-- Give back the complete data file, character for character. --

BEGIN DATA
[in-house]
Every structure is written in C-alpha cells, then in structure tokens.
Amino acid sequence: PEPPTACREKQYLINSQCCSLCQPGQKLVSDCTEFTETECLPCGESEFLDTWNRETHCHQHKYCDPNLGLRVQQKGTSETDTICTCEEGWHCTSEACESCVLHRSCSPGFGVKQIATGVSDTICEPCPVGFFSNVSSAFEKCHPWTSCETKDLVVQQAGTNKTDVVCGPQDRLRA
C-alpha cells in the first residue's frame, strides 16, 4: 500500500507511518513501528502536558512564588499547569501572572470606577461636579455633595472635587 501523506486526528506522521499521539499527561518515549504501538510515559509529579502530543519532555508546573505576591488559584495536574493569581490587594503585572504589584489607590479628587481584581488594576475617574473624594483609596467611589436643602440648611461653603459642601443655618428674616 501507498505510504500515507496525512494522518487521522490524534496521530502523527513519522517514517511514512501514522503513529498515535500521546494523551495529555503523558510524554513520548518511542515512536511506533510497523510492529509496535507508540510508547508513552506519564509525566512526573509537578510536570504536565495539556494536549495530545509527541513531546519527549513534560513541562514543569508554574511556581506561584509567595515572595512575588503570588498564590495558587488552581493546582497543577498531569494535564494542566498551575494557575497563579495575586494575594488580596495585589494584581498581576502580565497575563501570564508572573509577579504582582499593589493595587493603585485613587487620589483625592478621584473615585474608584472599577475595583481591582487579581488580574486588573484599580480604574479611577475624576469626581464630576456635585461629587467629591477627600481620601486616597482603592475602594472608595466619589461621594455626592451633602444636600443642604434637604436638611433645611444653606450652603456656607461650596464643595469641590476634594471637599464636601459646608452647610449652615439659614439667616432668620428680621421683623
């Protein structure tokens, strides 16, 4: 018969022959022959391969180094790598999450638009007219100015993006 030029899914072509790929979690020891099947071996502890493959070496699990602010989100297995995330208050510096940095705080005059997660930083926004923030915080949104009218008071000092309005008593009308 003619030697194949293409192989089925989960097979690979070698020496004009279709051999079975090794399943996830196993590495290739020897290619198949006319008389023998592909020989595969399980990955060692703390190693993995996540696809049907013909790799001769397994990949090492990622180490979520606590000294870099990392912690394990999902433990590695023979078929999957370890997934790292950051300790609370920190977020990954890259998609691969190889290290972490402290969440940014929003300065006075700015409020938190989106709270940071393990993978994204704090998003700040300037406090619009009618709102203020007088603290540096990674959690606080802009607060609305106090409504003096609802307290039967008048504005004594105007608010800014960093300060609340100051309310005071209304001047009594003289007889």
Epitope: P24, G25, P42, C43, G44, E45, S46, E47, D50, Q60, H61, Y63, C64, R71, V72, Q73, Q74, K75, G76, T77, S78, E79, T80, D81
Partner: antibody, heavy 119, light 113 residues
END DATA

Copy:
[in-house]
Every structure is written in C-alpha cells, then in structure tokens.
Amino acid sequence: PEPPTACREKQYLINSQCCSLCQPGQKLVSDCTEFTETECLPCGESEFLDTWNRETHCHQHKYCDPNLGLRVQQKGTSETDTICTCEEGWHCTSEACESCVLHRSCSPGFGVKQIATGVSDTICEPCPVGFFSNVSSAFEKCHPWTSCETKDLVVQQAGTNKTDVVCGPQDRLRA
C-alpha cells in the first residue's frame, strides 16, 4: 500500500507511518513501528502536558512564588499547569501572572470606577461636579455633595472635587 501523506486526528506522521499521539499527561518515549504501538510515559509529579502530543519532555508546573505576591488559584495536574493569581490587594503585572504589584489607590479628587481584581488594576475617574473624594483609596467611589436643602440648611461653603459642601443655618428674616 501507498505510504500515507496525512494522518487521522490524534496521530502523527513519522517514517511514512501514522503513529498515535500521546494523551495529555503523558510524554513520548518511542515512536511506533510497523510492529509496535507508540510508547508513552506519564509525566512526573509537578510536570504536565495539556494536549495530545509527541513531546519527549513534560513541562514543569508554574511556581506561584509567595515572595512575588503570588498564590495558587488552581493546582497543577498531569494535564494542566498551575494557575497563579495575586494575594488580596495585589494584581498581576502580565497575563501570564508572573509577579504582582499593589493595587493603585485613587487620589483625592478621584473615585474608584472599577475595583481591582487579581488580574486588573484599580480604574479611577475624576469626581464630576456635585461629587467629591477627600481620601486616597482603592475602594472608595466619589461621594455626592451633602444636600443642604434637604436638611433645611444653606450652603456656607461650596464643595469641590476634594471637599464636601459646608452647610449652615439659614439667616432668620428680621421683623
């Protein structure tokens, strides 16, 4: 018969022959022959391969180094790598999450638009007219100015993006 030029899914072509790929979690020891099947071996502890493959070496699990602010989100297995995330208050510096940095705080005059997660930083926004923030915080949104009218008071000092309005008593009308 003619030697194949293409192989089925989960097979690979070698020496004009279709051999079975090794399943996830196993590495290739020897290619198949006319008389023998592909020989595969399980990955060692703390190693993995996540696809049907013909790799001769397994990949090492990622180490979520606590000294870099990392912690394990999902433990590695023979078929999957370890997934790292950051300790609370920190977020990954890259998609691969190889290290972490402290969440940014929003300065006075700015409020938190989106709270940071393990993978994204704090998003700040300037406090619009009618709102203020007088603290540096990674959690606080802009607060609305106090409504003096609802307290039967008048504005004594105007608010800014960093300060609340100051309310005071209304001047009594003289007889």
Epitope: P24, G25, P42, C43, G44, E45, S46, E47, D50, Q60, H61, Y63, C64, R71, V72, Q73, Q74, K75, G76, T77, S78, E79, T80, D81
Partner: antibody, heavy 119, light 113 residues